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Disease prevention and treatment

Treatment of chickenpox

Chickenpox is a mild and common childhood illness that most children catch at some point.

It causes a rash of red, itchy spots that turn into fluid-filled blisters. They then crust over to form scabs which eventually drop off.

Some children have only a few spots but in others they can cover the entire body. The spot's are most likely to appear on face, ears and scalp, under the arms, and legs.

Chickenpox is caused by a virus called the vuricella-zoster virus. It's spread quickly and easily through the coughs and sneezes of someone who is infected.

Chickenpox is most common in children under 10. In fact, chickenpox is so common in childhood that 90% of adults are immune to the condition because they have had it before.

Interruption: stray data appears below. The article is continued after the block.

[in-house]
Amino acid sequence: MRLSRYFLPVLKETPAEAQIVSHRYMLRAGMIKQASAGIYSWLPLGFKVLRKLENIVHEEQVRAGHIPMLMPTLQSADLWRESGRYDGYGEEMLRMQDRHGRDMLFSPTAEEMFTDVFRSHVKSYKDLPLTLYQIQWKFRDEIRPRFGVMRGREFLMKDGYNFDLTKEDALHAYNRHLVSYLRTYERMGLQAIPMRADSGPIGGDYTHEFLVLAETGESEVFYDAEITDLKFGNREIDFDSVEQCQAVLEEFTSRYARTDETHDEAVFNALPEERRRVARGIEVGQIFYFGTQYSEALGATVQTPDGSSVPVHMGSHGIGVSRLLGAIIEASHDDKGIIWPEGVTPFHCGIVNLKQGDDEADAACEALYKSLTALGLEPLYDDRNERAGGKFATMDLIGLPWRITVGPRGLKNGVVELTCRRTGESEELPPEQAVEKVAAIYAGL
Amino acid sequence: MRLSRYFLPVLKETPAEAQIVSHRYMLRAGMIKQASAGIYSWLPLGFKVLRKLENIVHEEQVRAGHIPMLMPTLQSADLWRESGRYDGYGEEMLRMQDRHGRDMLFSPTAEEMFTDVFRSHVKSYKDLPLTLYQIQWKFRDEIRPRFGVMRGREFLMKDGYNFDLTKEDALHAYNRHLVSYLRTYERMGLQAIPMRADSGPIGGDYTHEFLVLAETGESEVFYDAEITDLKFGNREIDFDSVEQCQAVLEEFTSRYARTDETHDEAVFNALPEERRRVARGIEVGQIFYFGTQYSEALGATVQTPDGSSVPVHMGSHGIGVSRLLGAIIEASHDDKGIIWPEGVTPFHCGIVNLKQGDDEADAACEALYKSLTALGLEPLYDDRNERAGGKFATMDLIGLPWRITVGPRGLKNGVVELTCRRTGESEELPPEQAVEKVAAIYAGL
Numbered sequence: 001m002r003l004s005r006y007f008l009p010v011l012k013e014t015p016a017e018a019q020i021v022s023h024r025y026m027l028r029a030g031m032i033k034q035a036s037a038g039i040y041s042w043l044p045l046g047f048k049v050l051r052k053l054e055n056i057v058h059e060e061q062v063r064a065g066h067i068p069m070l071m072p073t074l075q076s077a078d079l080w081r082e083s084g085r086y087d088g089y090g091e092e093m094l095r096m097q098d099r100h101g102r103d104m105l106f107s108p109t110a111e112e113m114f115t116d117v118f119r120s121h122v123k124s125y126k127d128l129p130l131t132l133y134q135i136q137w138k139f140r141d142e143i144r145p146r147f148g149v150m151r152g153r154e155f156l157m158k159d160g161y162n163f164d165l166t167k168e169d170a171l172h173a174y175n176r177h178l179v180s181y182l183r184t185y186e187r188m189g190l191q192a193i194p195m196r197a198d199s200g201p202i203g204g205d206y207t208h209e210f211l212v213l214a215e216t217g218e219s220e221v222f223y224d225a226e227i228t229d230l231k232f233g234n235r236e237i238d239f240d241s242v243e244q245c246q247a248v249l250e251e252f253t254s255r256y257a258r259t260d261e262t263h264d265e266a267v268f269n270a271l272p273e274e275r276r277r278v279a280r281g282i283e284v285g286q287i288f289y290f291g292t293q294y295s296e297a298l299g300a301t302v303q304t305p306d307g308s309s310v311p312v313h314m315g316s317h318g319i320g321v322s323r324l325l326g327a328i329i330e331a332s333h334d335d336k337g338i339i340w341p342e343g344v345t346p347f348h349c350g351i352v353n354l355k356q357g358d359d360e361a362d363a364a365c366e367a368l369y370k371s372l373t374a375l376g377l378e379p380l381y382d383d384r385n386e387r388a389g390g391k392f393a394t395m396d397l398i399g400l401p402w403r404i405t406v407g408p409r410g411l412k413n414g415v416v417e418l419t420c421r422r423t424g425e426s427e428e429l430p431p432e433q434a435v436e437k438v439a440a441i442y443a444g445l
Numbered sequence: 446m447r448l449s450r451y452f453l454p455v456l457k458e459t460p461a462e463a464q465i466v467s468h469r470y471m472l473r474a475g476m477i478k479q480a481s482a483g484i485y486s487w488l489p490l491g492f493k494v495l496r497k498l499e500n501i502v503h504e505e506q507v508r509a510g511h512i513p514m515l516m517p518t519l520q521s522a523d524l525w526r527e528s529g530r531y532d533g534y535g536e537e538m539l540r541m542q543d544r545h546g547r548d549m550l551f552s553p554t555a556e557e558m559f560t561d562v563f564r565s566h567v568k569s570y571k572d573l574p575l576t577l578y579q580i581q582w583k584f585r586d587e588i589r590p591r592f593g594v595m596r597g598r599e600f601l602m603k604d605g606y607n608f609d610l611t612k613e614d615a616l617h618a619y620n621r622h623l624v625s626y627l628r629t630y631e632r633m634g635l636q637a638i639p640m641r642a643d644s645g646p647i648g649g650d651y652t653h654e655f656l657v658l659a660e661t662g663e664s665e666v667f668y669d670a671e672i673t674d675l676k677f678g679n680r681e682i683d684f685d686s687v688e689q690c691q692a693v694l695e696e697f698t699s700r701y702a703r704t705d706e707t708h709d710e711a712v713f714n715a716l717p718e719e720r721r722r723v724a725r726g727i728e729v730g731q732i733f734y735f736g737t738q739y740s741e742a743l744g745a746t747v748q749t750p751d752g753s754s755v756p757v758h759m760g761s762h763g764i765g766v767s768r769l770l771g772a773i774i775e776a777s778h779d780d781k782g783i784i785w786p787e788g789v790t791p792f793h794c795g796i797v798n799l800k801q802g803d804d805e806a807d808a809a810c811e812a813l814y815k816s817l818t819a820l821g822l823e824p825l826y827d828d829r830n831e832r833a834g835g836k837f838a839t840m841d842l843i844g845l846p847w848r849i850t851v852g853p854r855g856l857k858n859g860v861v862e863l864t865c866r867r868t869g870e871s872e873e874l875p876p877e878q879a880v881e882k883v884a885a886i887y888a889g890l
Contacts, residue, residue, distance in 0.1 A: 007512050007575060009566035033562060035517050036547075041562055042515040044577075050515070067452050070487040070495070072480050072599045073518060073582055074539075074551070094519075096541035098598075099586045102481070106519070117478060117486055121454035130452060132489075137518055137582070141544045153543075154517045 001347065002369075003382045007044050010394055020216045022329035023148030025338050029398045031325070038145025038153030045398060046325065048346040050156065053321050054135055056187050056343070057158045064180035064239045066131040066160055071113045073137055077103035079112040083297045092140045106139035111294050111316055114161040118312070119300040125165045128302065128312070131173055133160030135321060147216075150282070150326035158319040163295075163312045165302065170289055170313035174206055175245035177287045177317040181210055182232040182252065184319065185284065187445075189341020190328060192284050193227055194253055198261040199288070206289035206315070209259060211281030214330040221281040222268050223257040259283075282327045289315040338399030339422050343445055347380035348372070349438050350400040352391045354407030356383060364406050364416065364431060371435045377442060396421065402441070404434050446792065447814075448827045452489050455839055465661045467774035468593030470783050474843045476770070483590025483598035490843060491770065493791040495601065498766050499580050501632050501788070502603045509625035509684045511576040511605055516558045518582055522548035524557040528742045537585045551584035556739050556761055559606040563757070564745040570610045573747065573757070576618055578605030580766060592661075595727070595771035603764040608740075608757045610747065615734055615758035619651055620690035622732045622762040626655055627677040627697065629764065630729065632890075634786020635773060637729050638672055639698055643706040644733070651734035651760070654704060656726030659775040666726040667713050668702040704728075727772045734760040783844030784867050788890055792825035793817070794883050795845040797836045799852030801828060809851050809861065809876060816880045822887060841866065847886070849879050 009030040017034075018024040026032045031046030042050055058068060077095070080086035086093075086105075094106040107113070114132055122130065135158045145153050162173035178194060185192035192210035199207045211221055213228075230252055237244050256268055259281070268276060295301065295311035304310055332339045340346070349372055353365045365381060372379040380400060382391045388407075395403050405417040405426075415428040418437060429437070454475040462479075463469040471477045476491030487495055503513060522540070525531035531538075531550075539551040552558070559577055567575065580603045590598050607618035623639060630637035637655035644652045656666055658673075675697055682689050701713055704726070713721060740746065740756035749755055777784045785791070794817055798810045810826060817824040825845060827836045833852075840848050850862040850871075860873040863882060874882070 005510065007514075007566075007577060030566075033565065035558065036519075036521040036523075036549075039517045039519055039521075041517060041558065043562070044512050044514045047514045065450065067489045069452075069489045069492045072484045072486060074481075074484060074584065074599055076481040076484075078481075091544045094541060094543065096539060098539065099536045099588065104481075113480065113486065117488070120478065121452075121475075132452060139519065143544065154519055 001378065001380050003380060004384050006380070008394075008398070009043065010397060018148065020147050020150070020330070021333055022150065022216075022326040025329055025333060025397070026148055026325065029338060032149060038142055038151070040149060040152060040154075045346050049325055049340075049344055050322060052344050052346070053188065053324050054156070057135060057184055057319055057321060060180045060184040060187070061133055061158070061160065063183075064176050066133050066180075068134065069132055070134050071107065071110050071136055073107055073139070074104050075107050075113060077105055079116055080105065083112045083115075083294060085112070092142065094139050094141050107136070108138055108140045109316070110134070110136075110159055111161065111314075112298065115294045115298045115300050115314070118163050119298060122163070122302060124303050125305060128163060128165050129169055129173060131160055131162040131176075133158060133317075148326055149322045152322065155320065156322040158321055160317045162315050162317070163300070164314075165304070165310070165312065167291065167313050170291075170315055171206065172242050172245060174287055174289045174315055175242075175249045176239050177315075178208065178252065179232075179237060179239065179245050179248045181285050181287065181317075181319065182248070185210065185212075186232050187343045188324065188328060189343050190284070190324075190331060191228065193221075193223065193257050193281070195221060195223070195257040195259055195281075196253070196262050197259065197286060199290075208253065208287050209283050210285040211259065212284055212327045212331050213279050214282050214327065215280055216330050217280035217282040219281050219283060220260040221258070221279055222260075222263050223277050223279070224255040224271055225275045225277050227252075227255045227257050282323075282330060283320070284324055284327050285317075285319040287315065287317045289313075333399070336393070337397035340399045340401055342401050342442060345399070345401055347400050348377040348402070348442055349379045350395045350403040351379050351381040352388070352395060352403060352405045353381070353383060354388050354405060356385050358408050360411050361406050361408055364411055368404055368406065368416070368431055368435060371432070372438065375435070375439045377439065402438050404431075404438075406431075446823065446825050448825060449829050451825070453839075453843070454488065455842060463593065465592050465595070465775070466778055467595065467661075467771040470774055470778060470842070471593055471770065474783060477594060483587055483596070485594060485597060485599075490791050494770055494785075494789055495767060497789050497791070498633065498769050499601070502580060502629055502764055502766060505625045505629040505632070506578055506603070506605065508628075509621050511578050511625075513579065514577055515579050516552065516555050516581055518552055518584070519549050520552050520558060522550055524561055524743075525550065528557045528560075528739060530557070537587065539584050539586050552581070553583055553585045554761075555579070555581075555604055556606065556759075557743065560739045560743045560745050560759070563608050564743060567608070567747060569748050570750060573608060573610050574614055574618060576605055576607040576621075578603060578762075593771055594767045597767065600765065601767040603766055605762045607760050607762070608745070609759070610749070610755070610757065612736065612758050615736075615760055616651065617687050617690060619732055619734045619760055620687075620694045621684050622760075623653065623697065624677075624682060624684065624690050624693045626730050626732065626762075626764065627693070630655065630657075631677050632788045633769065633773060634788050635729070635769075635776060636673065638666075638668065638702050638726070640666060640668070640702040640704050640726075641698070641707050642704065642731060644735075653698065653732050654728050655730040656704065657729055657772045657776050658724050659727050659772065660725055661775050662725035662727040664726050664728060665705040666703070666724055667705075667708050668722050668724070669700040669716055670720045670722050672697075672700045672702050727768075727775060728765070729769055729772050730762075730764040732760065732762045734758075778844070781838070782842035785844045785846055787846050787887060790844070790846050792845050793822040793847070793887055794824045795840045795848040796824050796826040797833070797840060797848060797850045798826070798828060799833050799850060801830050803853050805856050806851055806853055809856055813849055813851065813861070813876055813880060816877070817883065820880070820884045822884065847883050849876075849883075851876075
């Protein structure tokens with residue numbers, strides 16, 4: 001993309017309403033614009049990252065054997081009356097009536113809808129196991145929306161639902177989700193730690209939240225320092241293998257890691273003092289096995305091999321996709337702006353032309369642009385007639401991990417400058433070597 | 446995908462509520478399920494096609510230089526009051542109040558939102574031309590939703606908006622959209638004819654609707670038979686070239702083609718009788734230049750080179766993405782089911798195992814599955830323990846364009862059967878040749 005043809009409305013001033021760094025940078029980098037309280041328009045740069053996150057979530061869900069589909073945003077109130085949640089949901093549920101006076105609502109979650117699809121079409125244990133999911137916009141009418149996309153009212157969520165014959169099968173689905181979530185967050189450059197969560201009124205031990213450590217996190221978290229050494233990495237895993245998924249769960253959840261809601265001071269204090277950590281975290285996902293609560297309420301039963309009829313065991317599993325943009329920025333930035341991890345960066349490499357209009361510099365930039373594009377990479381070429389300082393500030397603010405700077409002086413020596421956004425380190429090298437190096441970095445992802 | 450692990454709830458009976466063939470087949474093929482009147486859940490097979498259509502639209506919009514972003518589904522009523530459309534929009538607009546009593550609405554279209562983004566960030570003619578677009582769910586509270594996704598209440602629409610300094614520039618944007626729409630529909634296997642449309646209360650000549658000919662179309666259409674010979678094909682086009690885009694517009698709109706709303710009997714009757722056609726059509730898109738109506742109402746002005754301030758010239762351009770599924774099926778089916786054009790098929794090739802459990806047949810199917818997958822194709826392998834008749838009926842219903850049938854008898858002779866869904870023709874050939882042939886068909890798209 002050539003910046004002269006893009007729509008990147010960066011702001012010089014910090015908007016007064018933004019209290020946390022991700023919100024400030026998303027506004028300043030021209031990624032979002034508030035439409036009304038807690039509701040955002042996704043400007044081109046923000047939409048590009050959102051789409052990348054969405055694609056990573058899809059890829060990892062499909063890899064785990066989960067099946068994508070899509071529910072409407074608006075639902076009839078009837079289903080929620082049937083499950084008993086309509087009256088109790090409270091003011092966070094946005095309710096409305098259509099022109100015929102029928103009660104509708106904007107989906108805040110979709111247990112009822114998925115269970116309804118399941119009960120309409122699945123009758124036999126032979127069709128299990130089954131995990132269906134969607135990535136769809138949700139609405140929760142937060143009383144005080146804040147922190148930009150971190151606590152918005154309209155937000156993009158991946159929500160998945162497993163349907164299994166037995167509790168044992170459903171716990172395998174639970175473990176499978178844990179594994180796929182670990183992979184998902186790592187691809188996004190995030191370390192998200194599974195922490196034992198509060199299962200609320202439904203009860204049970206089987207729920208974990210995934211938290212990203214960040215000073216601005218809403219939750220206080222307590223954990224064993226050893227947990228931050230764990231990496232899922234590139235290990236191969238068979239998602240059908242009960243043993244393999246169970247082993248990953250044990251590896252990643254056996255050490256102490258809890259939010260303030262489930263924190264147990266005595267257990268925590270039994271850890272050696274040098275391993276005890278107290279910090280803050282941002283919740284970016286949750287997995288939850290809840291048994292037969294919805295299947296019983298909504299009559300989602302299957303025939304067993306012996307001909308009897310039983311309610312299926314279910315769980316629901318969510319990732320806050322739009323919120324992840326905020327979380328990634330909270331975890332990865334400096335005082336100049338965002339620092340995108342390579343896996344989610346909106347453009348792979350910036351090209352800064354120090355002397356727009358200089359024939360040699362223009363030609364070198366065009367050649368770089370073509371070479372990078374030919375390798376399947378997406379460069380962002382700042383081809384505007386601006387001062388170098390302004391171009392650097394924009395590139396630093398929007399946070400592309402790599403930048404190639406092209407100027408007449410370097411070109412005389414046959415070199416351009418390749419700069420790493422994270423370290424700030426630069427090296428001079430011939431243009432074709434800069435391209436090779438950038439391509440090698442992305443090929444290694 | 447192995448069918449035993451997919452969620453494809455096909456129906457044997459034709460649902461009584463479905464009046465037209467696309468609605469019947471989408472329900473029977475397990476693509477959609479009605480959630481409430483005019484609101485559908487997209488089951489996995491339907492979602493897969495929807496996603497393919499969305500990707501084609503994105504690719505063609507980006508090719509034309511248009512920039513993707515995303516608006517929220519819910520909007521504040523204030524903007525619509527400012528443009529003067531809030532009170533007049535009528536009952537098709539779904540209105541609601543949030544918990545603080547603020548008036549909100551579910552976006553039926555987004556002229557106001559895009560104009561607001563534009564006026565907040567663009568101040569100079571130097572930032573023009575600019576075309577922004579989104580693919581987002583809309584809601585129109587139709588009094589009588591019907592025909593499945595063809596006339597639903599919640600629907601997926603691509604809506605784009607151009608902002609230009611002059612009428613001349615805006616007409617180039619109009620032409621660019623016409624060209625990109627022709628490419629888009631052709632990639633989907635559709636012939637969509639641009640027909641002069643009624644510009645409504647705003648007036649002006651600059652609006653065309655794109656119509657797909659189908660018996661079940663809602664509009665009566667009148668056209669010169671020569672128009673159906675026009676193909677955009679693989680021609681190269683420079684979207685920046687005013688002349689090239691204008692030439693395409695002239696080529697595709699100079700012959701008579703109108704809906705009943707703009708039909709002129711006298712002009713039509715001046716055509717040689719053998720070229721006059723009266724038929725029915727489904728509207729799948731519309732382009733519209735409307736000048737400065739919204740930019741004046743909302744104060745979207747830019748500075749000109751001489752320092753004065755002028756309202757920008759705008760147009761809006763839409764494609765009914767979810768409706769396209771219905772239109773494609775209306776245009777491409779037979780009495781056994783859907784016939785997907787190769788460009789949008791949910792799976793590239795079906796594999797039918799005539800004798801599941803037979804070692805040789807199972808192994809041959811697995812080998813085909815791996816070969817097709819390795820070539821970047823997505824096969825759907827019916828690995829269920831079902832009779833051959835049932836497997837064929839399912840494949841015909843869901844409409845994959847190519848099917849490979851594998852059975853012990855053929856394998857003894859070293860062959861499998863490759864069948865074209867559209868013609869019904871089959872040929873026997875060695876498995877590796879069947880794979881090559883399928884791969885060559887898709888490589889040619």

Chickenpox is most infectious from one to two days before the rash starts, until all the blisters have crusted over.

If your child has chickenpox try to keep him or her away from public areas to avoid contact with people who have not had it. Especially people who are at risk of serious problems, such as newborn babies, pregnant women and anyone with a weakened immune system for example people having cancer treatment or taking steroid tablets

Chickenpox in children is considered a mild illness, but expect your children to feel pretty miserable and irritable while they have it

Your child is likely to have fever at least for the first few days of the illness the sports can be incredibly itchy.

There is no specific treatment for chickenpox but there are pharmacy remedies which can alleviate symptoms such as paracetamol to relieve fever and calamine lotion and cooling gels to ease itching. In most children, the blisters crust up and fall off naturally within one to two weeks.

NATURAL TREATMENT

Star Gooseberry- boil the leaves and bathe in the resulting water

Safflower-use 20 to 30 grams of the flowers in 1 litre of water, and take 2 or 3 cups of this each day

Content created and supplied by: Euny (via Opera News )

Chickenpox

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